Posted By Anna T on May 14, 2013
Those of us who live and work full-time within our homes and communities – as women have always done, but for the short period of modern history – now often have to deal with questions such as were posed in a comment I received last week:
“Being a stay home mom is great until husband loses his job, husband becomes disabled or gets cancer, husband divorces you, or husband gets hit by a car and dies. Many homemakers are ill prepared to support their families when such tragedy happens and then the children are thrust into poverty. Also, bear in mind Anna, that your girls will be teenagers while you are still in your 30s which is quite young. What will you do with your time when you are 40, which is VERY young and healthy, and your daughters are out of the house with lives of their own? How much time is really going to be spent on cooking and cleaning once your daughters are gone? What will you do to occupy your time and give you socialization?”
Do I know what will happen in my life in 20, 10, even 5 years? I don’t and can’t have a sure proof way of knowing, when I look back on how much my life has changed in the last five years – I got married, had two children, moved house with my husband 3 times, learned countless things, baked birthday cakes, gathered fresh eggs, and nursed babies. We lived through times of financial and emotional upheavals, began what is now a sort-of-homestead, and overall just tried to enjoy the ride along the way.
I love my two daughters so very, very much. They are simply such wonderful, beautiful children, delightful in every aspect of their beings. My hands and my heart are open for more children, either through birth, adoption or foster care, or perhaps just having our home as an “open house” for children I know, whether from the family or not. But even if I never have more children, I am unspeakably grateful for my daughters. I am their mother; G-d gave them to me – not as possessions, but as a precious fund. I am to care for them, teach them, learn with them, laugh and cry with them, walk down the path of life with them as a mother and friend.
This is what I am called to do in this season of my life. I know I am. And I know that I will never regret spending those years with them, no matter what happens. I will not allow vague fears of the future prevent me from enjoying the blissful today, which is so joyful not just because I am doing what I love, but I am doing what I am called to do – be a wife, mother and homemaker. Yes, things may happen, but so often they don’t happen the way we plan them; sometimes, our “preparation for emergencies” turns out to be not at all relevant when the rubber hits the road.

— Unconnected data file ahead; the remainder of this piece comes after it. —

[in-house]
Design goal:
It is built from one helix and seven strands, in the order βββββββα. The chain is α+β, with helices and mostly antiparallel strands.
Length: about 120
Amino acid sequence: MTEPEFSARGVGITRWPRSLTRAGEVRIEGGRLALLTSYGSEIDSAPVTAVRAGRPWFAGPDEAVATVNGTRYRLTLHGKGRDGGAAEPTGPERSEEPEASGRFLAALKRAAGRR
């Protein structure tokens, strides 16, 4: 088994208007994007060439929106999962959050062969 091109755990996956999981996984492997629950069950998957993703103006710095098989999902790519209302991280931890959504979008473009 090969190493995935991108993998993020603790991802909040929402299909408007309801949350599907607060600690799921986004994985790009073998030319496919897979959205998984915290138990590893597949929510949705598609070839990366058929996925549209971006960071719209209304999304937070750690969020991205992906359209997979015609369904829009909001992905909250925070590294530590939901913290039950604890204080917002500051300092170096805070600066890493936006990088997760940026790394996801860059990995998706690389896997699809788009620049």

For example… a woman may work so she has “something to fall back on”, and then when her husband becomes sick, she realizes she must quit work anyway – with all the financial hardship it entails – to take care of him. A relative of mine lived through such a situation precisely.
I believe I have already written on my blog about options of what I might do with my time if I suddenly find myself with heaps of it on my hands (ha!). The list is endless; I already invest some of my time in helping my husband with his work, particularly translating documents for him. We might embark on some common enterprise together. I might be able to be more active in the community – recently I was asked to join a committee, which at this time of my life I realized would detract too much from my home, so I was forced to say no. In the future I might be needed by my mother, who isn’t getting any younger. I might dedicate more time to creative writing, and hopefully publish.